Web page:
In addition to the business benefits of an industrial hemp crop, Helberg contends that there are environmental benefits as well. He was able to grow hemp last year without herbicides, pesticides or irrigation, which he says makes this a good crop to plant as a transition to organic.

"You can plant hemp on hemp," Helberg said.

Currently, Helberg owns two small businesses - Exterior Pro and Minnesota Seamless Concepts - that he hopes will benefit from the many uses of industrial hemp. The list of products made from hemp includes hempcrete, hemp fiberboard, insulation and more. And Helberg contends that "virtually every [hemp] product is better than the existing product."

Helberg carries a briefcase made from hemp and hands out business cards printed on hemp and will quickly point out why they are superior to what's on the market now.

In addition to using hemp products in his own businesses, Helberg is trying to encourage others to try hemp. He has a shipment of hemp hurd - left-over fragments of the stems and stalk once all the fibers have been removed - being shipped to him after being imported from Europe for use as animal bedding and landscape mulch.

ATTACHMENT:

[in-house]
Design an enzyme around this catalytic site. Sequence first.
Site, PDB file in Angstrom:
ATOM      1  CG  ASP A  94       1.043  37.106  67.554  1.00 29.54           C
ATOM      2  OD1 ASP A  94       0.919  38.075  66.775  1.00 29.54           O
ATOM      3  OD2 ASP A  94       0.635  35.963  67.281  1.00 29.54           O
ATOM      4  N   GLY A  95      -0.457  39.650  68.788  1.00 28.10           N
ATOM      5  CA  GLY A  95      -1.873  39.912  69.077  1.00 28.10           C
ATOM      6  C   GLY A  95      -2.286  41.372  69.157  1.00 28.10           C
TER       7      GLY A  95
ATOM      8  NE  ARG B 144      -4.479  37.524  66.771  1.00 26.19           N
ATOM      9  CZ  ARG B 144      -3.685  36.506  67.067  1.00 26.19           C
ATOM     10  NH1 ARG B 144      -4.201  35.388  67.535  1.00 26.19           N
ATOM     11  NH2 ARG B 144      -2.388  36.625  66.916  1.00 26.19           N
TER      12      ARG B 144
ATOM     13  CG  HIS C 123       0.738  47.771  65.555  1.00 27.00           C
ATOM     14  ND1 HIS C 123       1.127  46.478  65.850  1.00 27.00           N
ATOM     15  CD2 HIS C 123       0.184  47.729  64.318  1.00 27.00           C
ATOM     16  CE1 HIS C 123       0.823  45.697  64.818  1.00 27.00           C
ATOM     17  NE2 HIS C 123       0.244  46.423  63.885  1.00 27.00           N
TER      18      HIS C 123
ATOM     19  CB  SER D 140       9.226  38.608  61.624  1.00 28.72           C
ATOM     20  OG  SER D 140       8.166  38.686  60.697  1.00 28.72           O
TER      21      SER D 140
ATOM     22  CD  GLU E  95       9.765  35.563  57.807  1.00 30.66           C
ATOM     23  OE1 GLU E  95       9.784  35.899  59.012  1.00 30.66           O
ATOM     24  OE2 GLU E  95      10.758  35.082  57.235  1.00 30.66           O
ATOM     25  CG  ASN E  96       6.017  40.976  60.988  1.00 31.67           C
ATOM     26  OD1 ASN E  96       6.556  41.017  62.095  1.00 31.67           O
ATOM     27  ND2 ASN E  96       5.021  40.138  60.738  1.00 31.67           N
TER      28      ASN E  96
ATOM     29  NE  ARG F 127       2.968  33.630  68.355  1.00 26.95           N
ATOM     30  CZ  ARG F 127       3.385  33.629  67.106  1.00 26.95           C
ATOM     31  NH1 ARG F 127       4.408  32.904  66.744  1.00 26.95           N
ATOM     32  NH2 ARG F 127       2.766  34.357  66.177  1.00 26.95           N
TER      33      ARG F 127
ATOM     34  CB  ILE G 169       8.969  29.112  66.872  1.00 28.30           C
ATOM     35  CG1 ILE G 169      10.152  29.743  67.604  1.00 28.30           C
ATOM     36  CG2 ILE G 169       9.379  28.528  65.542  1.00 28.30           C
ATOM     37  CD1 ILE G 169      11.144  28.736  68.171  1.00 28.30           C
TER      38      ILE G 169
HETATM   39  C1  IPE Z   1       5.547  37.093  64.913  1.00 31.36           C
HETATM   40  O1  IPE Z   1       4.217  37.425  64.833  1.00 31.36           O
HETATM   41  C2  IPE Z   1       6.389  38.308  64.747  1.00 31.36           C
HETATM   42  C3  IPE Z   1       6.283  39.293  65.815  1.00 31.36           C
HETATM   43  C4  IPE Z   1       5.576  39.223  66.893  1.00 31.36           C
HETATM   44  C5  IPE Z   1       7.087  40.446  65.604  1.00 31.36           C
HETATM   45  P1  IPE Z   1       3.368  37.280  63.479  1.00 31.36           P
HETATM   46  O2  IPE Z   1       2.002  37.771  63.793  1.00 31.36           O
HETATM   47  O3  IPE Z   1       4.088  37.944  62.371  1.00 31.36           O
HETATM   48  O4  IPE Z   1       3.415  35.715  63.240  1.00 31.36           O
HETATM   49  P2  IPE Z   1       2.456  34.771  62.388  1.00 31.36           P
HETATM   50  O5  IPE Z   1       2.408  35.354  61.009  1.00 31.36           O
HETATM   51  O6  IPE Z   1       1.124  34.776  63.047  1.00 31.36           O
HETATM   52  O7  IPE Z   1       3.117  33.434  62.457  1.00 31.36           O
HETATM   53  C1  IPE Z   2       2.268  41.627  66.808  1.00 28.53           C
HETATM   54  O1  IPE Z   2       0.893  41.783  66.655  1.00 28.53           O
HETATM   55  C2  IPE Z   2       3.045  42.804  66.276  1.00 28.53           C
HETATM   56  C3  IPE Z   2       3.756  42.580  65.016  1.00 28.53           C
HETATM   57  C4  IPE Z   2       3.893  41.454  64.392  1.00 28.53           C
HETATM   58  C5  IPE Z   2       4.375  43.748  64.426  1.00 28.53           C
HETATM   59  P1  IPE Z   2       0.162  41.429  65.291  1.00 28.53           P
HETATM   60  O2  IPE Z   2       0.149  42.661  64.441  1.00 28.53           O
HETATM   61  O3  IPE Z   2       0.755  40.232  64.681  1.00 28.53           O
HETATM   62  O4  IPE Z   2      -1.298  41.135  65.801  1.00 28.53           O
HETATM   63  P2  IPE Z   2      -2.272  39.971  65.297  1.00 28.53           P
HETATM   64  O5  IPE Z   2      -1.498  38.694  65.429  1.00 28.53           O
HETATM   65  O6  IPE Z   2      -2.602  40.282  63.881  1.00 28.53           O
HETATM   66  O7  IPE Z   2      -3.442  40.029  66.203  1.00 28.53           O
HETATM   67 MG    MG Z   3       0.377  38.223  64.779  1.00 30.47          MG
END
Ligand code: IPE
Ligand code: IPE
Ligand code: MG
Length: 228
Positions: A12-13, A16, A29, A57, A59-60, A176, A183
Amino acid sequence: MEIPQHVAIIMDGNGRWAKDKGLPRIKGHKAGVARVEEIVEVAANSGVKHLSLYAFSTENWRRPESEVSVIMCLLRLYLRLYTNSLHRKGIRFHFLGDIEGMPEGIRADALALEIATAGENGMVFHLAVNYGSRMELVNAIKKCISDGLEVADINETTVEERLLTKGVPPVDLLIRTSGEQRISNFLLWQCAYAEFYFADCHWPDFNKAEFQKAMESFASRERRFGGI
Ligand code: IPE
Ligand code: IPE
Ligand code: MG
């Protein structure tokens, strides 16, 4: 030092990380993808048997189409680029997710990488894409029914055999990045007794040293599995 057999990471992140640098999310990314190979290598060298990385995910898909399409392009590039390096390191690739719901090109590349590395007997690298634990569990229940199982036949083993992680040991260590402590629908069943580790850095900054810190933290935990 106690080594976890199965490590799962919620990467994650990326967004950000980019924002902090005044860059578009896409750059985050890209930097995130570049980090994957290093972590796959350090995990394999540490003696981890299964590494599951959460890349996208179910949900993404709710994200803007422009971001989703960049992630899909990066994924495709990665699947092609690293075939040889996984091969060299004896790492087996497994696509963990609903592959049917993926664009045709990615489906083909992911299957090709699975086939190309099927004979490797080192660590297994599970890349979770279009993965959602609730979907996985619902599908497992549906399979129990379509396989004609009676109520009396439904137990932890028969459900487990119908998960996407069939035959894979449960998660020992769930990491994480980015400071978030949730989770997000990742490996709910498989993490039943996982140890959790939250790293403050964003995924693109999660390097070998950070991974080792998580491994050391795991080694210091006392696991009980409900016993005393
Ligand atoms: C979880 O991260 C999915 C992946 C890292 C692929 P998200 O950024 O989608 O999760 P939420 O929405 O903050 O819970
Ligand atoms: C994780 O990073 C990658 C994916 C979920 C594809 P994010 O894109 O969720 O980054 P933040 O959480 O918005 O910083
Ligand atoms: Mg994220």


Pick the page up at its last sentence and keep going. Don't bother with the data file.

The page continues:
The list of edible hemp products is even longer and Helberg is an enthusiastic promoter of that market as well.

"This is an amazing crop and I'm excited to be involved with it now. Plus, it's sexy to be doing what I'm doing," Helberg says with a smile.

In fact, Helberg has no shortage of enthusiasm for all of the benefits of industrial hemp, including the potential it could bring to Minnesota farmers.

More importantly, Helberg believes hemp is an opportunity to create something to pass on to his children.

"Right now, I really have nothing to leave to them for a legacy My construction businesses are built on my ability to work, to hire a workforce. That's not something I can leave to them. But with all of the potential in industrial hemp as a cash crop and a commodity, that's something my kids can inherit," Helberg said.

Helberg grew up on a farm in Stevens County, graduated from Morris Area High School in 1998, headed off to St. Cloud for college and by 2001 had started his own construction business. In addition to his two construction businesses, he has recently started another venture, Good Ole Hemp, a limited liability company that he hopes will one day be marketing any number of hemp products.

"My goal is to one day be selling hemp products on Amazon," Helberg announced.